|WELCOME TO THE MEANDRS HOME PAGE|
For our Accomplishments and Goals see "More MEANDRS".
Want to know how to get invovled? see Activities.
Want to go with the flow ? - - see DRS up close.
Delve into the history of the DRS.
Study the issues in Science.
What benefits can restoration have for the future of the Dowagiac region?
Our Projects Page has details on Dodd Park and Small Stream Restoration.
Enjoy our wildlife gallery.
How to contact MEANDRS.
Links to some of our partners and other places of interest on the Web.
See an Dodd Park Restoration Project Update for Autumn 2000
NOTICE: You are invited to attend MEANDRS Montly meetings at the Dowagiac Conservation Club, 54551 M-51 at 7:30 p.m. on the second Tuesday of each month.
The Dowagiac River, rises in Van Buren County, and flows through Cass and Berrien Counties into the Saint Joseph River north of Niles, Michigan.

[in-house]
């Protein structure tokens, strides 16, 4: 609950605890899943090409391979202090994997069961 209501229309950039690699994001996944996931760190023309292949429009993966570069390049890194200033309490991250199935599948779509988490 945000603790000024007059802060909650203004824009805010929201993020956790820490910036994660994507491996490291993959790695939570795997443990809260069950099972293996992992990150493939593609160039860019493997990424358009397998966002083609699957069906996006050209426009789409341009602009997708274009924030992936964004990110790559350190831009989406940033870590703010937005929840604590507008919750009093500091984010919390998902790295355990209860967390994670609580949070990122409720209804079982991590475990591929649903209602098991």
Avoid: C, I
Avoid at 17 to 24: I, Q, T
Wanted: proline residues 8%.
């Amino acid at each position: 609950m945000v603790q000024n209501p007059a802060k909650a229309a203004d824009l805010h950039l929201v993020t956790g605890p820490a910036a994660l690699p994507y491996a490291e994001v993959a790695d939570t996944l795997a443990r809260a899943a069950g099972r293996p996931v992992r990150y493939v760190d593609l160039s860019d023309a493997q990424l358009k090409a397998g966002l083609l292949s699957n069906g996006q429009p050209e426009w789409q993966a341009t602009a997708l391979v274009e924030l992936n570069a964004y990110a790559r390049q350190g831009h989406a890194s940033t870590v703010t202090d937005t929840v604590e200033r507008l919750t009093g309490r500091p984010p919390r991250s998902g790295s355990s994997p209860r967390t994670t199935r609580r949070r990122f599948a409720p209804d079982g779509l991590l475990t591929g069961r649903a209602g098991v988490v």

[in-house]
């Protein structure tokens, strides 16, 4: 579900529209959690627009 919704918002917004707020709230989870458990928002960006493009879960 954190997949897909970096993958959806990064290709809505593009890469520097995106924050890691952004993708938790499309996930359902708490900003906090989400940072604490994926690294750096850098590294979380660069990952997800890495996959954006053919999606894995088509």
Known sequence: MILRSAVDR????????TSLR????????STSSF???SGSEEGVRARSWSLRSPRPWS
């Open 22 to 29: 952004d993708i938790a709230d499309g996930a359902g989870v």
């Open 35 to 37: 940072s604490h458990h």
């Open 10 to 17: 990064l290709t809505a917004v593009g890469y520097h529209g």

Photo by Randy Rea
Groundwater dominated streams are distinctive.
These same mechanisms drive the world famous trout streams of northern Michigan, such as the Au Sable, which have large groundwater aquifers and stable cold stream flows.
Balanced restoration of the DRS holds promise as natural asset to benefit the region.
Its location near the major urban areas of Chicago, South Bend, Kalamazoo, and Grand Rapids would make it a major recreational attraction in southwest Michigan. -- Jay Wesley
M E A N D R S
The ecological possibilities of the DRS, particualarly as a trout stream, have long been recognized, and since its inception in 1995, MEANDRS has generated a good deal of public interest.
MEANDRS has a governing board made up of riparian property owners and local government officials, with technical advisors from regional and State authorities and other interest groups. The group is multi-faceted and is working toward improving the DRS for recreation and other uses while maintaining and respecting the rights of riparian owners, farmers, and other stakeholders within the watershed.
-- "Pokagon Township Reflections" by Barbara Wood Cook and Grafton H. Cook II